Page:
One engineer is a name we know well. David Ferguson and Mark Howard did the work at Eleven-O-Three Studios in Nashville, and Howard produced the album.
    Cumberland Records was then a division of Green Hill Productions, a division of Spring Hill Music Group, Inc. in Nashville.
    To call the total presentation charming must be qualified by adding that's not meant to convey the sarcasm sometimes intended. It IS charming, thoroughly delightful, an instrumental album that is neither invasive nor one you can ignore while you're doing something else. It elevates any mood and inspires proficiency in any musician. The brilliantly melodious takes on old traditional standards are as fresh as any you've ever heard. What more could you want?
    Side one (it's a cassette) has “Over the Waterfall,” “Southwind,” “Cluck Ol' Hen,” “Home Sweet Home” (in a really innovative tour-de-force on hammered dulcimer), “Daisy Dean,” “Mississippi Sawyer,” and “Huntin' for the Buffalo.”
    Side two is at least equally formidable, and our favorite side, with “Ragtime Annie” (not a common dulcimer tune), “Willow Garden,” “Uncle Joe,” “Grandfather's Clock,” “Devil's Dream,” and a rousing, fully instrumented “Arkansas Traveler.”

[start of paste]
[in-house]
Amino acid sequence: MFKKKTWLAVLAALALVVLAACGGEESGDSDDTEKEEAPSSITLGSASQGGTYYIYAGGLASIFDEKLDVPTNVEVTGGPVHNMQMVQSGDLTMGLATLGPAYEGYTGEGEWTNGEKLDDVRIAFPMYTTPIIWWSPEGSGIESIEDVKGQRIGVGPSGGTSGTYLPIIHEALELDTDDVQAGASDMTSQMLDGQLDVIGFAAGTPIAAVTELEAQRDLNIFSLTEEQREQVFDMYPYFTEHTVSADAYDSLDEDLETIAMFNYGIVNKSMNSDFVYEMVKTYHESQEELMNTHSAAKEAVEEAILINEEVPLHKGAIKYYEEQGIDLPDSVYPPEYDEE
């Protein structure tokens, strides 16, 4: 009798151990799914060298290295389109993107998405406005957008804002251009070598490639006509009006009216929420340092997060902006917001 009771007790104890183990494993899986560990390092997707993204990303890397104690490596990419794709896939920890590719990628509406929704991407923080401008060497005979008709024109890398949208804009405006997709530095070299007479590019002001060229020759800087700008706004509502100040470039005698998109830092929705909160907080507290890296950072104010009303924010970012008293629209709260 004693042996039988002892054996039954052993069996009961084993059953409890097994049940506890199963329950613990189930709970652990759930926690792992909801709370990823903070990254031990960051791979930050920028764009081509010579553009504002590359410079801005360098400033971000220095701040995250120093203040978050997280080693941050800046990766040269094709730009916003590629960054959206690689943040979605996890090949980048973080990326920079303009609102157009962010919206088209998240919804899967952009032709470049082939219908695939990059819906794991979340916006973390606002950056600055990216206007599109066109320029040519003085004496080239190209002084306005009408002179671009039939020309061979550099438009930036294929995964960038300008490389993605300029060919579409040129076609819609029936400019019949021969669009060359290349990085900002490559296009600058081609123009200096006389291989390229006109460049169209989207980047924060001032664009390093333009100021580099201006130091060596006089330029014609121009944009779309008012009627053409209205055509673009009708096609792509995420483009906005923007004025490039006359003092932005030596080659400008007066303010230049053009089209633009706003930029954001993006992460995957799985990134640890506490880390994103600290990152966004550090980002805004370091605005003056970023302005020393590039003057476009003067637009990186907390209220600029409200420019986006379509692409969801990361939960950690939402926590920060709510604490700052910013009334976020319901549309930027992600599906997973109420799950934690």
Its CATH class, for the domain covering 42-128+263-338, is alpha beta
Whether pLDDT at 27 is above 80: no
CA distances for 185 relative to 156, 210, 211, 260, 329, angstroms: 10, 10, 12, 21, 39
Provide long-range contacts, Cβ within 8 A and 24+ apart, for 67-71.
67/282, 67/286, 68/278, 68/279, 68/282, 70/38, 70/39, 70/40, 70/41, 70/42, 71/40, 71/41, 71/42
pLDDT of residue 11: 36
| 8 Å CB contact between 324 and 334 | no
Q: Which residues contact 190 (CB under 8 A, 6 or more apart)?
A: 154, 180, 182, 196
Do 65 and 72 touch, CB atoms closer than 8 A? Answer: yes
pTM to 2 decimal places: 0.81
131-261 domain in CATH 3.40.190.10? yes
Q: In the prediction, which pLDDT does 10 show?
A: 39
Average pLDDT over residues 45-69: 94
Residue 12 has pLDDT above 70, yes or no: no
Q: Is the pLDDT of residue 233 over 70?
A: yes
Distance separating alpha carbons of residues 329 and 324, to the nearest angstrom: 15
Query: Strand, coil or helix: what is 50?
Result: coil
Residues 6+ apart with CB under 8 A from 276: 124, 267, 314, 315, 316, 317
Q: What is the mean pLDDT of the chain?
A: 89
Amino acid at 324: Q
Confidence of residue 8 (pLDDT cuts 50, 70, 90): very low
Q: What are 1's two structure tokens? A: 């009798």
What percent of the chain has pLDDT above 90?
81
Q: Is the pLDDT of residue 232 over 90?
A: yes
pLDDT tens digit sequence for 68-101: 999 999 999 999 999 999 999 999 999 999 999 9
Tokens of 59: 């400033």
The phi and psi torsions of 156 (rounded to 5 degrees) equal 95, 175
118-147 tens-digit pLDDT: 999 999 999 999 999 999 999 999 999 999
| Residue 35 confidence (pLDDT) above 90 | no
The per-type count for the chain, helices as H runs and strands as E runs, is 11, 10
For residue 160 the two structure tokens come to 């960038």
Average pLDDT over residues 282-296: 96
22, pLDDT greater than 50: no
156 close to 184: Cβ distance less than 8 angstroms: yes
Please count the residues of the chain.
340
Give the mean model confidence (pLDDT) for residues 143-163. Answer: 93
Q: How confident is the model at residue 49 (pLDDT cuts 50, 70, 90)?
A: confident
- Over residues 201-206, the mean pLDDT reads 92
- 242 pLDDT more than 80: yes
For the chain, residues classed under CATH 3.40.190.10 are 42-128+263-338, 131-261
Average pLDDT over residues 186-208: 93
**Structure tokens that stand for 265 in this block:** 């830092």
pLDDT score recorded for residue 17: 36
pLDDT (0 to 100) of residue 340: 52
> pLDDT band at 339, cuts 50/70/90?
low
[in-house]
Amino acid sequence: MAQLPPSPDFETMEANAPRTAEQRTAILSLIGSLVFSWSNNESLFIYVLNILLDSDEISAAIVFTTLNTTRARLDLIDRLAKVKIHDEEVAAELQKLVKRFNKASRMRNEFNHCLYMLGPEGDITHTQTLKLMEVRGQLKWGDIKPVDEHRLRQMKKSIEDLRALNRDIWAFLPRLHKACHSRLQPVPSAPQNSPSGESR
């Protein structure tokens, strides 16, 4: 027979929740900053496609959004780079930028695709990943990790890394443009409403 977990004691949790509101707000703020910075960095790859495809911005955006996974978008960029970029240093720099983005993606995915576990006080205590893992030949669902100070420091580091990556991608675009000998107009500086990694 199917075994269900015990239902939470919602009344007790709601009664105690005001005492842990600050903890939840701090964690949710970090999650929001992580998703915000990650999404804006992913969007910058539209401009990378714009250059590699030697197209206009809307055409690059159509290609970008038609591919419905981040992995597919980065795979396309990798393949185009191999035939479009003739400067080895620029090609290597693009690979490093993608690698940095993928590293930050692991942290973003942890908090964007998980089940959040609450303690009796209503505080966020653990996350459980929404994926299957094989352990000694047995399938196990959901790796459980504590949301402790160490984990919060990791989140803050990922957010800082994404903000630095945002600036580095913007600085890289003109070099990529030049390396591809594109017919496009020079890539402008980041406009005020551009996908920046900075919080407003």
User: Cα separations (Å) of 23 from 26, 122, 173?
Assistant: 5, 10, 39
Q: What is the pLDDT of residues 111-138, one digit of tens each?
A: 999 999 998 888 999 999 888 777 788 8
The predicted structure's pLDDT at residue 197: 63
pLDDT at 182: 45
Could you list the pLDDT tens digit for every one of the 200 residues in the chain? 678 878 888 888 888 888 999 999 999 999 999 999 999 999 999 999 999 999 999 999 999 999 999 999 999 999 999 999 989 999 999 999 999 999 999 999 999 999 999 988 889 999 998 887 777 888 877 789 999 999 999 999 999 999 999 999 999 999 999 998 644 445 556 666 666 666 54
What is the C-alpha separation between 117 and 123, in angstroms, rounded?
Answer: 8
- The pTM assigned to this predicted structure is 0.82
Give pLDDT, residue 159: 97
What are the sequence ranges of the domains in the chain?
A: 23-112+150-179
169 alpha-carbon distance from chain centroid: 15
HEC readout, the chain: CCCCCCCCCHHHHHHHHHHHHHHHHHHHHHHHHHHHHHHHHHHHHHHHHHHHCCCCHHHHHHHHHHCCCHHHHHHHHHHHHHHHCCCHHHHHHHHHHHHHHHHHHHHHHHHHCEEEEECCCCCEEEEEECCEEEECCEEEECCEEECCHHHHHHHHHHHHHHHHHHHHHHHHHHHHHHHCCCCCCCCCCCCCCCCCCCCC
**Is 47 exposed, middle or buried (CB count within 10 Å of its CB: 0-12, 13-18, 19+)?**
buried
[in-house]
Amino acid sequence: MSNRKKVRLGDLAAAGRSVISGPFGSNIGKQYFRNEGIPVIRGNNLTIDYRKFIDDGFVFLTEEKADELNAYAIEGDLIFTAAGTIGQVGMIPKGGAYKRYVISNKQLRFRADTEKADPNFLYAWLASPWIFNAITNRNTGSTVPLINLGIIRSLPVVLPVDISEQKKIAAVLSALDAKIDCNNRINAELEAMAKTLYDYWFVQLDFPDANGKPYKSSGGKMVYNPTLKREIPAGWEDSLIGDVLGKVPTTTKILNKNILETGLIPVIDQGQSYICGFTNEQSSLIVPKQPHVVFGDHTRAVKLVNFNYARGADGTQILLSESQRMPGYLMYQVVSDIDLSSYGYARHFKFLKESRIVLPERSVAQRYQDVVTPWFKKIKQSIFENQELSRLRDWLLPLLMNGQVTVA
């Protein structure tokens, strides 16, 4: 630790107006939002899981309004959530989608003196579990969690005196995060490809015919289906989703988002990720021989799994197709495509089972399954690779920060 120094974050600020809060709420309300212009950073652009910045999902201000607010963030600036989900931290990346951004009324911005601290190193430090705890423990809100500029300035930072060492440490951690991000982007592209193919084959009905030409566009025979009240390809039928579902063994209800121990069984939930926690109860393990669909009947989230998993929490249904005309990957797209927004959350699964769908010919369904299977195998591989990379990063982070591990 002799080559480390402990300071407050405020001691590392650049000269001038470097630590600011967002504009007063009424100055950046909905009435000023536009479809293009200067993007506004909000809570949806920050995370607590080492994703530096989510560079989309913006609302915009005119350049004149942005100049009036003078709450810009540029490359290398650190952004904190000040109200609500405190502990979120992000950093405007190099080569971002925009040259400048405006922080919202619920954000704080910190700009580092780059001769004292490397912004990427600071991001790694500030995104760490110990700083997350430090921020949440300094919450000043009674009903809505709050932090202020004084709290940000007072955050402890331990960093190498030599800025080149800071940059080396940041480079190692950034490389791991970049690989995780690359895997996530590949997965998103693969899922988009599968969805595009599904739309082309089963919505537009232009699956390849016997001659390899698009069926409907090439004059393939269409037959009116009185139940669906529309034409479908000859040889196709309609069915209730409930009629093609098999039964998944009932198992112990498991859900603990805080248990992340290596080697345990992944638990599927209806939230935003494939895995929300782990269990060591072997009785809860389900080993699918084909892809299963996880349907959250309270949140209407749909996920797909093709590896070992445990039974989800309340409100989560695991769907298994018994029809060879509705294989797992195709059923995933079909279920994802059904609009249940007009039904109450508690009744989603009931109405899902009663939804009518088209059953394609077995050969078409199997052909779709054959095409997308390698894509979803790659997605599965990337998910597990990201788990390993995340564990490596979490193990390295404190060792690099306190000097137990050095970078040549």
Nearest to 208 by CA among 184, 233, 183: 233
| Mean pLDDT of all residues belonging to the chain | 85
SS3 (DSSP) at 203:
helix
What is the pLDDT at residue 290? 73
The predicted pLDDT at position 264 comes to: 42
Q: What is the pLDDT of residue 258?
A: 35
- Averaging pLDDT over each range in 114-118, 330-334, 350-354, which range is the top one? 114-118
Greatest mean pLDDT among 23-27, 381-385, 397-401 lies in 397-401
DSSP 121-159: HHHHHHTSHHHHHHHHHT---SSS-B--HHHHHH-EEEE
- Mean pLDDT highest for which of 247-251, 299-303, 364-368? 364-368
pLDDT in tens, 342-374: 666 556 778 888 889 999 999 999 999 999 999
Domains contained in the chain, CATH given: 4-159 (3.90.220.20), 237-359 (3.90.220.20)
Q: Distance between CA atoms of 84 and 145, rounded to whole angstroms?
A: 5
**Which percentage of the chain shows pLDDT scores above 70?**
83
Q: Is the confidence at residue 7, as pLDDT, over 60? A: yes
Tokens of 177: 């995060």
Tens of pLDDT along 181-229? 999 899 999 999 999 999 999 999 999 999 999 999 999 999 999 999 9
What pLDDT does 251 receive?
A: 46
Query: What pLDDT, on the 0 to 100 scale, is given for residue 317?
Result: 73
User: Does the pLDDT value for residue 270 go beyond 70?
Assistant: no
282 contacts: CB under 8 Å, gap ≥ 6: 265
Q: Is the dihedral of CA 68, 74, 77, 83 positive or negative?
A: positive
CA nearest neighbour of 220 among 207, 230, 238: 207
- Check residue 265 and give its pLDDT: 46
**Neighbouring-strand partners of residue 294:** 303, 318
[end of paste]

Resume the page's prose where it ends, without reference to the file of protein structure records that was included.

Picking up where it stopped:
If you're thinking, “Sounds good, but the hammered dulcimer is so jangly,” the happiest surprise is that Alisa Jones plays it like a harpsichord, and Walls' autoharp accompanies with precision – together with all those other string instrument virtuosos. This album was a treasure when it was first released, and it remains one of equal luster today.
--- +++ --- +++ --- +++ --- +++ --- +++ --- +++ --- +++ --- +++ --- +++ --- +++ --- +++ --- +++ ---
    Now, for the best news of all. “Home Sweet Home” IS AVAILABLE ON CD for $11.99 at